Imagine 99 identical Barbie dolls in green Army fatigues and boots arrayed in parade rank before a crimson backdrop. It's an image of militaristic, monolithic power that pretty much sums up artist Mina Cheon's decidedly dim view of totalitarian rule. Cheon (pronounced CHUN) is a Korean-American artist who teaches at the Maryland Institute College of Art. In previous exhibitions, she's explored the tensions between her native South Korea and its communist neighbor to the north in a variety of media, including video, interactive multimedia installation and complicated, three-dimensional string sculptures.
NEWS
By NEW YORK TIMES NEWS SERVICE | October 12, 1995
TOKYO -- The Japanese government raised new questions yesterday about its contrition for past militarism by declaring that its annexation of Korea in 1910 was legal and was not forced on the Korean people.The latest assertions by Japan's official government spokesman are likely to add to anger in Asia at Japan's reluctance to apologize for wartime brutality. This remains a sensitive issue in the region.The statement from Tokyo is as if the German government were to declare that its invasion of France during World War II had been legal and amicable, because agreements were signed between Germany and the puppet government in Vichy.
FEATURES
By Chris Kaltenbach | July 27, 1995
Memories. Of numbing cold. Of sweltering heat that made men feel like they were marching through a sauna. Of 18-year-olds who knew little about ideology pitted against 18-year-olds who knew even less. Of rice paddies that extended beyond the horizon. Of a war politicians insisted wasn't a war. Of a nation that seemed intent, more than anything, to forget it ever sent its sons and daughters to fight in Korea.Bill Robinette remembers Korea. He remembers the frostbite that gripped his toes, the shrapnel that cost him an eye and punctured his brain, the comrades killed in action who never lived to enjoy the freedom they were sent overseas to protect.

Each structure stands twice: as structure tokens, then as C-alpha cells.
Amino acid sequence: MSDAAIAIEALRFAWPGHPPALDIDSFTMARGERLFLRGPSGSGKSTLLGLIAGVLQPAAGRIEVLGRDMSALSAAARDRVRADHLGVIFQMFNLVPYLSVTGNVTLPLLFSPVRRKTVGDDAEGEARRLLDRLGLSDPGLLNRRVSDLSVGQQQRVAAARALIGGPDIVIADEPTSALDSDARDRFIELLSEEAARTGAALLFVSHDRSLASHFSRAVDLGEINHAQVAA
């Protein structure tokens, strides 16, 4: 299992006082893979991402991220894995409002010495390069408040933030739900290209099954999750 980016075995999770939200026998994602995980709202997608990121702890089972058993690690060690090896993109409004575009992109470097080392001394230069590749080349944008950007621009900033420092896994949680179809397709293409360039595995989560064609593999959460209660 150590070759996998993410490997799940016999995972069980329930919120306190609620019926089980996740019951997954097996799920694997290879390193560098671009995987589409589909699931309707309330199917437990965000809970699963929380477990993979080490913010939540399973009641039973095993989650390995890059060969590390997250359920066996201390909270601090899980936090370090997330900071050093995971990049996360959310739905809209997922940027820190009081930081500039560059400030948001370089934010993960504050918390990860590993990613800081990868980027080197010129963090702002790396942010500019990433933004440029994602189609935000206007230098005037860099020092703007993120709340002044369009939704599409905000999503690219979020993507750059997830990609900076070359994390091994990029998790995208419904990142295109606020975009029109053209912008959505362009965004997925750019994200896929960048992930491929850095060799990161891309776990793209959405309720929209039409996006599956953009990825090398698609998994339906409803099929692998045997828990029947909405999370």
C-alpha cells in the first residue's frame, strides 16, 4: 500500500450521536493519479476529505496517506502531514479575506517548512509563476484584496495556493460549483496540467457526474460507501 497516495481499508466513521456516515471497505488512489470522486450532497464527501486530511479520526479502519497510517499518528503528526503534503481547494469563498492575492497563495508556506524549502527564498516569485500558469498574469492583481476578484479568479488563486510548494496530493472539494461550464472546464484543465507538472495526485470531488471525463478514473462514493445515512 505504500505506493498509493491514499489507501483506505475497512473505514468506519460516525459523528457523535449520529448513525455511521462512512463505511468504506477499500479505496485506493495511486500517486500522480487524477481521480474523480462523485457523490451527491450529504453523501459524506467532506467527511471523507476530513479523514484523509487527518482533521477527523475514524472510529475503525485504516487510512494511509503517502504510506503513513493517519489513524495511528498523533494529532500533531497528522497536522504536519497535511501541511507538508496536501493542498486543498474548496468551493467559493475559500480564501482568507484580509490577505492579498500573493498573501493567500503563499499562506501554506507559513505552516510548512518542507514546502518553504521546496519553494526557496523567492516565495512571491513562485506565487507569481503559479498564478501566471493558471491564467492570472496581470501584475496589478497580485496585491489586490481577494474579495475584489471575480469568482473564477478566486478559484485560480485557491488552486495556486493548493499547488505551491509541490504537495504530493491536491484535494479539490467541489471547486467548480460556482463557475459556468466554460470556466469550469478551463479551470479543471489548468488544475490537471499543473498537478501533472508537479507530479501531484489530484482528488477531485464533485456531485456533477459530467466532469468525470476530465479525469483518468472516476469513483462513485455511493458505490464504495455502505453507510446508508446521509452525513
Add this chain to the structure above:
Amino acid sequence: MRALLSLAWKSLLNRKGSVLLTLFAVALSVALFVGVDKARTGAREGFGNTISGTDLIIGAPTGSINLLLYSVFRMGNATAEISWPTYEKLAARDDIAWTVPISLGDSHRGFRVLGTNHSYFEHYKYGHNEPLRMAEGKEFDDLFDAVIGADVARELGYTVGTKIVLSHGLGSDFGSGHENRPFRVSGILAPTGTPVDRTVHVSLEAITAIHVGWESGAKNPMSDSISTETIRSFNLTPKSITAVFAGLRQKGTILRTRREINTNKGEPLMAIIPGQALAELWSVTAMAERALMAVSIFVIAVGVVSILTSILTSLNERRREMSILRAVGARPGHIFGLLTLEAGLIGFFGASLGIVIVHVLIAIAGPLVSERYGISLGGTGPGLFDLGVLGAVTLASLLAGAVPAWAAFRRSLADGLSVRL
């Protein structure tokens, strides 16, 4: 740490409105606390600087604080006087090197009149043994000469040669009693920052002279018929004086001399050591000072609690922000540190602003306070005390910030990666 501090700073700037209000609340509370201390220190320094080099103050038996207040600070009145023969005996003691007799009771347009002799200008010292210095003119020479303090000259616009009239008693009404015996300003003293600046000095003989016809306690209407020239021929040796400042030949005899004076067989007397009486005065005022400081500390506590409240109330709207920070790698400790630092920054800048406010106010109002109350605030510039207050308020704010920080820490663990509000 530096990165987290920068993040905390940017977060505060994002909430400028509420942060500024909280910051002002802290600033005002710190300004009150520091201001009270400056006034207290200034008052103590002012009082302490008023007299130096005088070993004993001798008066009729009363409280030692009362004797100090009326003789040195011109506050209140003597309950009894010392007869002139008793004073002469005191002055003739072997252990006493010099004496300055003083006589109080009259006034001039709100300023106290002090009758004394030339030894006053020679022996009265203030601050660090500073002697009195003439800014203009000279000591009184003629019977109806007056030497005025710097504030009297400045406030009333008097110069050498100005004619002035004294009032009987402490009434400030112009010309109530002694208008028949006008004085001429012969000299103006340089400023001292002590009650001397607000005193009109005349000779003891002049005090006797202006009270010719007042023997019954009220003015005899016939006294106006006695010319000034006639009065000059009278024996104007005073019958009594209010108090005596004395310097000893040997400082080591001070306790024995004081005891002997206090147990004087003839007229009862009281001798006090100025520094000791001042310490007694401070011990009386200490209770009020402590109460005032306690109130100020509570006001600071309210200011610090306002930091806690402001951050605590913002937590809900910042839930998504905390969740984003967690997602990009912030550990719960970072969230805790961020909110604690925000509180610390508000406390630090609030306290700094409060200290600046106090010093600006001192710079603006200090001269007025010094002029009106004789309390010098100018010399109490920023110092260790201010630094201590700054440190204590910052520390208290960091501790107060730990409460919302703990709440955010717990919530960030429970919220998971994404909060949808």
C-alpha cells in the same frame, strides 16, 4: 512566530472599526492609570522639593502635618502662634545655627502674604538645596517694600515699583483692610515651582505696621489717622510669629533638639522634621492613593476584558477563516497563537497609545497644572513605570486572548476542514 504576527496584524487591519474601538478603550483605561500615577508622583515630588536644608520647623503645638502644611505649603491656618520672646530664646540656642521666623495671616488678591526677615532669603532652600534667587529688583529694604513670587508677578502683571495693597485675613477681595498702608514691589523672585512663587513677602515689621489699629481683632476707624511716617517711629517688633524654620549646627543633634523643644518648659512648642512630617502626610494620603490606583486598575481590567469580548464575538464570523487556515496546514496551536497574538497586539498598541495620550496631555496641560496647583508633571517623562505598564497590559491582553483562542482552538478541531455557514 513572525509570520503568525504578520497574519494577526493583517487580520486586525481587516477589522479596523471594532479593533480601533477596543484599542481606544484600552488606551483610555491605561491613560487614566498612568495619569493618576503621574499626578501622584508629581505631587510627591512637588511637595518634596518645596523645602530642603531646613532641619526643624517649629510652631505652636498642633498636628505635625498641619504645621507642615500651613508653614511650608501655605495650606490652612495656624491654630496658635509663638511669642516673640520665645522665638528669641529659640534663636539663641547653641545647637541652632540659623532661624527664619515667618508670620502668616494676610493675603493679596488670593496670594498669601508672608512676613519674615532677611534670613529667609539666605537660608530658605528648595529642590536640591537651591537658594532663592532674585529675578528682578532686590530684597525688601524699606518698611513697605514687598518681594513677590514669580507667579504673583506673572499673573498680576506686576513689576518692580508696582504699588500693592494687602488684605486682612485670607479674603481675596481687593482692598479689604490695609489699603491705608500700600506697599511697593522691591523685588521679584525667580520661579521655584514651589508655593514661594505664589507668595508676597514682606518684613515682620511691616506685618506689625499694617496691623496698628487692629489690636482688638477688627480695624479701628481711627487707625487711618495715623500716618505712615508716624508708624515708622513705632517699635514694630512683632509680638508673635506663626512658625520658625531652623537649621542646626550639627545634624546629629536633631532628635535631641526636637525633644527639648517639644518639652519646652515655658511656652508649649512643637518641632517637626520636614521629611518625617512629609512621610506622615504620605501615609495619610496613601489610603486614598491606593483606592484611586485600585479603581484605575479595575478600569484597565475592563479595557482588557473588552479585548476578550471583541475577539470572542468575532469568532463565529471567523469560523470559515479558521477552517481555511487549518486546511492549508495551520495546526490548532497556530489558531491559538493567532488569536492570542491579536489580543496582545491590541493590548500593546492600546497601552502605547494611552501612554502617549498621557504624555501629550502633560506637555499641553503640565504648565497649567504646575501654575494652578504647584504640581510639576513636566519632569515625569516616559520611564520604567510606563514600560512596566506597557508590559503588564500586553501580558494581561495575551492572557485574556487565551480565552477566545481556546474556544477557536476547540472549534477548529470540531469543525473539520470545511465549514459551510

NEWS
June 3, 1996
MUCH AS AMERICANS rejoice at hosting this summer's Olympics in Atlanta, hundreds of millions of sports fans throughout the world believed the U.S. reached the big-time in 1994 by hosting the soccer World Cup. It was so huge it needed the stadium resources of the nation.What the rest of the world calls football and Americans soccer has staged these wars of the best national teams quadrennially since 1930, always in Europe or the Americas. Next World Cup, 1998, is in France. It's the bidding for the coveted 2002 World Cup, the first of the 21st century, the first in Asia, that made history.
FEATURES
By Carl Schoettler and Carl Schoettler,Evening Sun Staff | April 24, 1991
"Korea," by Simon Winchester, 240 pages, Prentice Hall Press, New York, N.Y., $10.95.Books like Simon Winchester's "Korea" belong to a lineage that goes back to the beginning of time, or at least to that time when some blue-painted Anglo-Saxon cave dweller ambled off to the next moor then came back to tell his cavemates about it."Korea" is one of those British travel books in which a British writer describes the peculiarities of a people who are not British.These books are endlessly popular, especially here in the United States, which itself has been described in many, many British travel books over the last couple of centuries, often unfavorably.